Sunday night at the Lincoln Center in Fort Collins, a Grammy-award winning choir performed a piece that brought people to tears.
It’s been 20 years since two men left Matthew Shepard for dead, tied to a fence in Laramie, Wyoming
and the grief is still felt as the audience is reminded of the senseless tragedy through the passages of the album, "Considering Matthew Shepard."
Shepard Foundation, Jason Marsden, says will carry on his friend’s legacy.
“And this is possibly the only way that young people and people in the future, 40, 50 years from now will
still have a vivid and emotionally resonant experience of this story that will help them understand why it
motivated us so much in our time and give them an extra spur to be a part of that in the future,” said
He was 26 when his friend, Matt, was killed. They were a part of the small gay community in Casper,
“Matthew Shepard’s death was really the first time that the media and the general public really took a
look at the phenomenon of anti-LGBT hate crimes,” said Marsden.
In the two decades since Shepard’s death, anti-hate crime laws have been passed in his name, and same-sex marriage became legal.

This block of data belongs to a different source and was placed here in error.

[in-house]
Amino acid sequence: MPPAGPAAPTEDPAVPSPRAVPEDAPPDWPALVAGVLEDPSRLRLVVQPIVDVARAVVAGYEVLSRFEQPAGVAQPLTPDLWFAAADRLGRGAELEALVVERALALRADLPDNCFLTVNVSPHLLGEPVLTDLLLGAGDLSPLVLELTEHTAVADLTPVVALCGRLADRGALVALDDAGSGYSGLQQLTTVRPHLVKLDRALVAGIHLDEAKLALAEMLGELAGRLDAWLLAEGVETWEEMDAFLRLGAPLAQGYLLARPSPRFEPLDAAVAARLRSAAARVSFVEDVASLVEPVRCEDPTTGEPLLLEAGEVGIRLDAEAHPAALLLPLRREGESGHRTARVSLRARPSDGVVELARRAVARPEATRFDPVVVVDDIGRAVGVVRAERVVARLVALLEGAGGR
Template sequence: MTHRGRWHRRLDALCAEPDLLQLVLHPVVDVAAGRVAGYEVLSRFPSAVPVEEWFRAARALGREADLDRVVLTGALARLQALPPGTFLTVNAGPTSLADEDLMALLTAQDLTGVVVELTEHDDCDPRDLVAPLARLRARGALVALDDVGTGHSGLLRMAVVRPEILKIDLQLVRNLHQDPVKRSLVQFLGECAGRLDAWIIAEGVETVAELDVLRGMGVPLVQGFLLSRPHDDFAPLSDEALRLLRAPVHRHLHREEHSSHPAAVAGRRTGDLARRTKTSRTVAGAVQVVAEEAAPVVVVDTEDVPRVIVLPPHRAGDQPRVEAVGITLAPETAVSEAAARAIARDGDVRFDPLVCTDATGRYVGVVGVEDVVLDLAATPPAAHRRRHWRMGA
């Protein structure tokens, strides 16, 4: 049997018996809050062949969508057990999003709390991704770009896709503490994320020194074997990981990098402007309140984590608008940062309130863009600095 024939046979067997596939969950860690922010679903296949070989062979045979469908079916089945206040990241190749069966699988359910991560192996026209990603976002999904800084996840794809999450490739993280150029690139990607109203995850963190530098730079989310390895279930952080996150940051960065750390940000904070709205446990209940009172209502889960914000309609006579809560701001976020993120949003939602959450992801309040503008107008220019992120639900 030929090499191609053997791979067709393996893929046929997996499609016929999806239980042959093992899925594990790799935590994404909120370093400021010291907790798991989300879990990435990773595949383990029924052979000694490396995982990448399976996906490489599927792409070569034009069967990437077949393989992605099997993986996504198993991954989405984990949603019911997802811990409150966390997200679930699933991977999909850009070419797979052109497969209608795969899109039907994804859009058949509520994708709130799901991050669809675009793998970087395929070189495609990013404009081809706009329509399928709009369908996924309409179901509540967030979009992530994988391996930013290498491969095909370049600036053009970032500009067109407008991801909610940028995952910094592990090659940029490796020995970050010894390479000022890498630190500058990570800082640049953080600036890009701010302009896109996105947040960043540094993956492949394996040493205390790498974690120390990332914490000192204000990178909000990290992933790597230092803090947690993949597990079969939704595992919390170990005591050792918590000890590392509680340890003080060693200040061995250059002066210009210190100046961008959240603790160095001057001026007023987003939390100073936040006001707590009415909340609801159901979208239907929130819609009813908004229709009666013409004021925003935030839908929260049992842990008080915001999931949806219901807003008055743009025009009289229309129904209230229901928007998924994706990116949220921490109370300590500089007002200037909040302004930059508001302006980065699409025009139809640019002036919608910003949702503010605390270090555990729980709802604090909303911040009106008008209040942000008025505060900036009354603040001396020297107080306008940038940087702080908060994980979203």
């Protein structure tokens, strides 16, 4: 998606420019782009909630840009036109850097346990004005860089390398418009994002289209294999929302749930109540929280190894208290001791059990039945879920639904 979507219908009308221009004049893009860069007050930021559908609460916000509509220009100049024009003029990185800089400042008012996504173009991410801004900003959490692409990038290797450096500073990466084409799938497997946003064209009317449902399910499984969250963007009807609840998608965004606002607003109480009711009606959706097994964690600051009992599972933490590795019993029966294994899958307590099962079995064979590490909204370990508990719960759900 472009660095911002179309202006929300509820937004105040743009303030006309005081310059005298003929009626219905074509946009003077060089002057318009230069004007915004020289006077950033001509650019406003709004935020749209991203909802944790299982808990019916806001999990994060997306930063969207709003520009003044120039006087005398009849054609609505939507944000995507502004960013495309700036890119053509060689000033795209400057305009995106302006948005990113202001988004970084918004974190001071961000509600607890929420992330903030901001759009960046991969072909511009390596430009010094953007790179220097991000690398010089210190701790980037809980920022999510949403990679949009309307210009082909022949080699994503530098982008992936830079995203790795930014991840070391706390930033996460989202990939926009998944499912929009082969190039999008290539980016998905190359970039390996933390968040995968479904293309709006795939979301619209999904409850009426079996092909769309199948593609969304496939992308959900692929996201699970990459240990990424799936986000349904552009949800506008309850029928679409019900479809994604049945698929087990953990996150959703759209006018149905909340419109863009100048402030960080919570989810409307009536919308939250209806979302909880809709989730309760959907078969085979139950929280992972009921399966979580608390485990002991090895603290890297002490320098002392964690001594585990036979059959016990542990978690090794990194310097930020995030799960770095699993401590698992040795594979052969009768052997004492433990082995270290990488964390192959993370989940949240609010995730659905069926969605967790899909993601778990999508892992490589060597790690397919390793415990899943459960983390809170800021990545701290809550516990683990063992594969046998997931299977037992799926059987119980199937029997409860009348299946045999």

“Every once and a while something happens that touches millions of people,” said Marsden. “And it
draws them in with the power of the story, and unlocks what they might care about, the potential that
they might be able to offer the world.”
The power of Matthew’s story is still unlocking that potential today. Marsden can see it in the people
watching the music on Sunday night.
“It touches me to see that others were affected in the same way I was,” he said. “And that my grief was
no different from anyone else’s. And that someone else’s grief might produce this incredible artistic
legacy that has the power to shape human behavior.”